On September 17 1879, the much anticipated Sydney International Exhibition opened in the vast, purpose built Garden Palace. It was located at the south-western end of the Royal Botanic Gardens.
On October 27 The Sydney Morning Herald reported;
There are two or three more than ordinarily interesting exhibits in the Tasmanian Court [within the Exhibition] which have not yet been mentioned. One is a pair of portraits of personages whose reputation is familiar to all who are acquainted with Australian history…….
The article went on to talk of the legacy of Governor Lachlan Macquarie. It concluded; His portrait and that of his wife, will be found in the Tasmanian Court, represented by two miniature paintings of Major-General Macquarie and Mrs Macquarie. The Governor appears dressed in full regimentals, and Mrs Macquarie wears the neat and simple dress of the period — 1810-1822.
Unfortunately I don’t have permission to publish an image of Lachlan Macquarie’s portrait, but it is similar to the one shown below, held by the Library of New South Wales.
However, here is the portrait of Elizabeth;
The miniatures measure 9.2 x 7cm. They are water colour on ivory; the work of the colonial artist Richard Read Snr. Read was an ex-convict who had been transported to New South Wales in 1812. He quickly earned his ticket-of-leave, and in 1814 he opened Sydney’s first art school. His portraits were much admired and he was patronized by the settlement’s leading citizens, including the Governor. When the Sydney Exhibition closed, the portraits were returned to Tasmania. They were then held in private hands, but a report in the Mercury on July 2 1898 read;
Governor Macquarie – Yesterday the curator of the Tasmanian Museum and Art Gallery received from Mr William Giblin, two very beautiful miniatures painted on ivory. The subjects are Governor Colonel Lachlan Macquarie and Mrs Macquarie. The Portraits were presented many years ago to the late Mr Thos. Giblin at this city, and were painted by Read in the year 1819 and will prove a valuable acquisition to the Tasmanian Art Gallery.
Although the miniatures had been completed by a renowned Sydney artist, they were considered an important part of Tasmania’s cultural heritage. One hundred years after the death of Governor Macquarie the gallery expressed its delight in owning them. It is interesting to note that the writer emphasized Tasmania’s close connection to Macquarie, as though justifying its right to retain the tiny artworks, despite strong interest from New South Wales. It is a clear illustration of the ‘little brother-big brother’ syndrome, which endures to this day;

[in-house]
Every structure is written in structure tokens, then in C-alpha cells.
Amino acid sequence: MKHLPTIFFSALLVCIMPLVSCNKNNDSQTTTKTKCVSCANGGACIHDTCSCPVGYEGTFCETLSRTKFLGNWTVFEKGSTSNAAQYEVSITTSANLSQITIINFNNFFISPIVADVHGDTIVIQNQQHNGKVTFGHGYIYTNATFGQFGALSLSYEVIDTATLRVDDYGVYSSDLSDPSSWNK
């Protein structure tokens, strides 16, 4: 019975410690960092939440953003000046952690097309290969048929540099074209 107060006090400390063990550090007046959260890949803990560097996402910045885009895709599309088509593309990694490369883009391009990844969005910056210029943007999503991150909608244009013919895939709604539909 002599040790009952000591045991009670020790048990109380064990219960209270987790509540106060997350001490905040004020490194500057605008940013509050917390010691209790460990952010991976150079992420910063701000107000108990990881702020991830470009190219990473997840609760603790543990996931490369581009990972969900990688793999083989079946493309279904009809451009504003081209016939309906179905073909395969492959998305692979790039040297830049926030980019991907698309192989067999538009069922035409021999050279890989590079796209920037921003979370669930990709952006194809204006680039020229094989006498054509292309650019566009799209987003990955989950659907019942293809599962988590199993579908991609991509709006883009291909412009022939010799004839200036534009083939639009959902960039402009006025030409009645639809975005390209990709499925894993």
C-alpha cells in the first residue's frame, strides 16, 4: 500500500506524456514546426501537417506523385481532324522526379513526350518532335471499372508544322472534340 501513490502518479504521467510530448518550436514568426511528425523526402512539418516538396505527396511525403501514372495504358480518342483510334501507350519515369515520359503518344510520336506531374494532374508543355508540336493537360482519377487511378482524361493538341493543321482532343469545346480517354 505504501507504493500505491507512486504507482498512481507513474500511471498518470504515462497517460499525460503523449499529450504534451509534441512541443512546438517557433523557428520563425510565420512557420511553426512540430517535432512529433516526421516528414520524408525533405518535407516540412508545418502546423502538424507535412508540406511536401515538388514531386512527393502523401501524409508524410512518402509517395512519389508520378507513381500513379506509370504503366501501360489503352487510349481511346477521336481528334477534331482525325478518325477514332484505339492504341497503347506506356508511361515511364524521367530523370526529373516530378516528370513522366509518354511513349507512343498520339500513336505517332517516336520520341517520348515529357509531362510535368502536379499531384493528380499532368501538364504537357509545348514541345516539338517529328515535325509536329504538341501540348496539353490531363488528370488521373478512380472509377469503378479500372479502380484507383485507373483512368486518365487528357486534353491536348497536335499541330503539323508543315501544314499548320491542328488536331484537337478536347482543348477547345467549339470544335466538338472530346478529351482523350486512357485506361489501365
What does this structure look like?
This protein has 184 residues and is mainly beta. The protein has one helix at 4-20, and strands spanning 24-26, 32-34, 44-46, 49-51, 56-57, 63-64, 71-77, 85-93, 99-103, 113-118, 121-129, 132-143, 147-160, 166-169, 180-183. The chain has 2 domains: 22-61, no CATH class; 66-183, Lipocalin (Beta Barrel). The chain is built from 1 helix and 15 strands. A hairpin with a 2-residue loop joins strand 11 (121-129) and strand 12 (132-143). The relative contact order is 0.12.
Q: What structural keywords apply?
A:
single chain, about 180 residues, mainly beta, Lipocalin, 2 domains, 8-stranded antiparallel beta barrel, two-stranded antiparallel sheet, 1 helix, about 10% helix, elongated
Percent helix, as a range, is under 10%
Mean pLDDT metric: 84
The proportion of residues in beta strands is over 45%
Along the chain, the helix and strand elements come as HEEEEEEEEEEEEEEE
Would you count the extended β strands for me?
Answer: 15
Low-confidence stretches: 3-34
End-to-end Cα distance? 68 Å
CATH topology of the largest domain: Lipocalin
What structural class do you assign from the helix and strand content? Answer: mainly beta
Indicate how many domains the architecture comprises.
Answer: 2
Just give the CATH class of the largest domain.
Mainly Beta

An exhibit which immediately attracts attention consists of two miniatures; those of Governor Lachlan Macquarie and Mrs Elizabeth Macquarie. These are highly prized by the museum authorities. There are several collectors in Sydney who have expressed a keen desire to carry them off to the mainland, but Governor Macquarie belongs just as much to Tasmania as to New South Wales, seeing that during his period of Governorship Tasmania was attached to the Mother State. Macquarie’s influence is still remembered when we recall the nomenclature of Hobart’s main street as well as several more towns and districts in the Island.
[Mercury, October 13 1924]
As a writer/researcher with an insatiable curiosity, I began to wonder how Mr Thomas Giblin came to possess the miniatures; such rare items and which were painted in Sydney.
Thanks to the wonderful archive of digitised Australian newspapers called TROVE, I finally stumbled upon more information. On August 5 1879 the following article appeared in The Mercury newspaper
PICTURES FOR THE SYDNEY EXHIBITION – A number of the pictures that have been contributed by the colonists for the exhibition in Sydney are now on view in the refreshment room of the Parliamentary Buildings…….Over the mantlepiece are two ivory miniatures of Governor Macquarie and his wife. They were presented by the late Governor to Captain Briggs, who gave them to Mr Thos. Giblin, the current exhibitor.
Thomas Giblin had recently retired (1874) as General Manager of The Bank of Van Diemen’s Land. He had been with the bank for 46 years, after arriving in 1827 aged 19. What connection could he have had with Captain Briggs?
Captain James Briggs was an army man. He was appointed Commandant of the penal colony at Macquarie Harbour in 1829 and served there until 1831. He had arrived at Port Jackson with members of the 63rd Regiment on December 24 1824, more than two years after Governor Macquarie and his family had left the colony. It is therefore completely implausible that he received the miniatures as a gift from the Governor. There is some evidence that Captain Briggs was a collector of sorts. At the old Macquarie Harbour penal station there is a brass Russian samovar which belonged to him. It is believed it may be a souvenir of the Napoleonic wars. Hmmm….the mystery of those rare miniatures continues.
NOTE – For more on the Sydney International Exhibition, CLICK HERE.
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